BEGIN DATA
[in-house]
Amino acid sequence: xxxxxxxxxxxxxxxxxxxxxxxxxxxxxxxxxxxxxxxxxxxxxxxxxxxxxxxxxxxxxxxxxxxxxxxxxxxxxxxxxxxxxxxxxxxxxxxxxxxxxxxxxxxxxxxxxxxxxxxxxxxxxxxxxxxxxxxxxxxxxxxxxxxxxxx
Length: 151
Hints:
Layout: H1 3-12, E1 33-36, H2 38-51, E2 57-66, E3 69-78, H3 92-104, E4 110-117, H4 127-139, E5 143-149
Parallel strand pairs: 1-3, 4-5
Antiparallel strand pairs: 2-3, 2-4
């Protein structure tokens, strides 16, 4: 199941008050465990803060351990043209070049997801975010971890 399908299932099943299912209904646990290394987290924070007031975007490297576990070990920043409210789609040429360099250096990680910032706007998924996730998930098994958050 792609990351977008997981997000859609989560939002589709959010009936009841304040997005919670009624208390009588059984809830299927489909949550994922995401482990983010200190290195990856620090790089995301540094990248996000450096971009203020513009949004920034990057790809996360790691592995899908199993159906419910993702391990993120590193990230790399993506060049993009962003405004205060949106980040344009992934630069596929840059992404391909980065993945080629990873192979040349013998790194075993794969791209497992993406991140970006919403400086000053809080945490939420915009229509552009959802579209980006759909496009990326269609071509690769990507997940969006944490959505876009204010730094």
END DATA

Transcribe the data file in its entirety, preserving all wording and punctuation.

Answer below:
[in-house]
Amino acid sequence: xxxxxxxxxxxxxxxxxxxxxxxxxxxxxxxxxxxxxxxxxxxxxxxxxxxxxxxxxxxxxxxxxxxxxxxxxxxxxxxxxxxxxxxxxxxxxxxxxxxxxxxxxxxxxxxxxxxxxxxxxxxxxxxxxxxxxxxxxxxxxxxxxxxxxxx
Length: 151
Hints:
Layout: H1 3-12, E1 33-36, H2 38-51, E2 57-66, E3 69-78, H3 92-104, E4 110-117, H4 127-139, E5 143-149
Parallel strand pairs: 1-3, 4-5
Antiparallel strand pairs: 2-3, 2-4
């Protein structure tokens, strides 16, 4: 199941008050465990803060351990043209070049997801975010971890 399908299932099943299912209904646990290394987290924070007031975007490297576990070990920043409210789609040429360099250096990680910032706007998924996730998930098994958050 792609990351977008997981997000859609989560939002589709959010009936009841304040997005919670009624208390009588059984809830299927489909949550994922995401482990983010200190290195990856620090790089995301540094990248996000450096971009203020513009949004920034990057790809996360790691592995899908199993159906419910993702391990993120590193990230790399993506060049993009962003405004205060949106980040344009992934630069596929840059992404391909980065993945080629990873192979040349013998790194075993794969791209497992993406991140970006919403400086000053809080945490939420915009229509552009959802579209980006759909496009990326269609071509690769990507997940969006944490959505876009204010730094």